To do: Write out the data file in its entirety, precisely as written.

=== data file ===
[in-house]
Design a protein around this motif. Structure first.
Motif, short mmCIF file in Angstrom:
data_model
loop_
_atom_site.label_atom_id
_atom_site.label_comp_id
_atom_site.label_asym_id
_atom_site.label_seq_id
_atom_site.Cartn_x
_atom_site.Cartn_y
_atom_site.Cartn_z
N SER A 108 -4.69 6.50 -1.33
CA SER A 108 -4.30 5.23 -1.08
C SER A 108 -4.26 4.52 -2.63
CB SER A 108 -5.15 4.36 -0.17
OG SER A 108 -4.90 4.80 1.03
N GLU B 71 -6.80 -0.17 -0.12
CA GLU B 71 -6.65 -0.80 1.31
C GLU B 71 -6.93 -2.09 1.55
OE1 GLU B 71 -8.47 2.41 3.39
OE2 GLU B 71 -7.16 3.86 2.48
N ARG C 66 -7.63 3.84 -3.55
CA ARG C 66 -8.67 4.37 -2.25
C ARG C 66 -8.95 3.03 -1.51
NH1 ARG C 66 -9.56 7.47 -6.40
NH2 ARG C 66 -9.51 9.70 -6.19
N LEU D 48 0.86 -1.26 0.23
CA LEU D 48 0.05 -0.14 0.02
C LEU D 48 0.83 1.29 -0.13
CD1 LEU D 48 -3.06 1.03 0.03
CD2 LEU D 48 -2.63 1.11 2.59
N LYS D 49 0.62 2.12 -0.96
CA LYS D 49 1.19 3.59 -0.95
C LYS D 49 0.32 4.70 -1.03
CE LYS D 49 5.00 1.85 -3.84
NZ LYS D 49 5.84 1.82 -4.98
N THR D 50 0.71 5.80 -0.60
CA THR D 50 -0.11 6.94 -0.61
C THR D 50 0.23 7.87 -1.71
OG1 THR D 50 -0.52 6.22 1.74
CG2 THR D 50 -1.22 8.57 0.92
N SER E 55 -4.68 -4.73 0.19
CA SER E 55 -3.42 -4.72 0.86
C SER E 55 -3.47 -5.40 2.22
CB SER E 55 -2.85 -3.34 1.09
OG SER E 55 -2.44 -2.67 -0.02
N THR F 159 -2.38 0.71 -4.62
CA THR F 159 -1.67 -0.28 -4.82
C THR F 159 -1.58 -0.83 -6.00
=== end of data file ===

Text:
[in-house]
Design a protein around this motif. Structure first.
Motif, short mmCIF file in Angstrom:
data_model
loop_
_atom_site.label_atom_id
_atom_site.label_comp_id
_atom_site.label_asym_id
_atom_site.label_seq_id
_atom_site.Cartn_x
_atom_site.Cartn_y
_atom_site.Cartn_z
N SER A 108 -4.69 6.50 -1.33
CA SER A 108 -4.30 5.23 -1.08
C SER A 108 -4.26 4.52 -2.63
CB SER A 108 -5.15 4.36 -0.17
OG SER A 108 -4.90 4.80 1.03
N GLU B 71 -6.80 -0.17 -0.12
CA GLU B 71 -6.65 -0.80 1.31
C GLU B 71 -6.93 -2.09 1.55
OE1 GLU B 71 -8.47 2.41 3.39
OE2 GLU B 71 -7.16 3.86 2.48
N ARG C 66 -7.63 3.84 -3.55
CA ARG C 66 -8.67 4.37 -2.25
C ARG C 66 -8.95 3.03 -1.51
NH1 ARG C 66 -9.56 7.47 -6.40
NH2 ARG C 66 -9.51 9.70 -6.19
N LEU D 48 0.86 -1.26 0.23
CA LEU D 48 0.05 -0.14 0.02
C LEU D 48 0.83 1.29 -0.13
CD1 LEU D 48 -3.06 1.03 0.03
CD2 LEU D 48 -2.63 1.11 2.59
N LYS D 49 0.62 2.12 -0.96
CA LYS D 49 1.19 3.59 -0.95
C LYS D 49 0.32 4.70 -1.03
CE LYS D 49 5.00 1.85 -3.84
NZ LYS D 49 5.84 1.82 -4.98
N THR D 50 0.71 5.80 -0.60
CA THR D 50 -0.11 6.94 -0.61
C THR D 50 0.23 7.87 -1.71
OG1 THR D 50 -0.52 6.22 1.74
CG2 THR D 50 -1.22 8.57 0.92
N SER E 55 -4.68 -4.73 0.19
CA SER E 55 -3.42 -4.72 0.86
C SER E 55 -3.47 -5.40 2.22
CB SER E 55 -2.85 -3.34 1.09
OG SER E 55 -2.44 -2.67 -0.02
N THR F 159 -2.38 0.71 -4.62
CA THR F 159 -1.67 -0.28 -4.82
C THR F 159 -1.58 -0.83 -6.00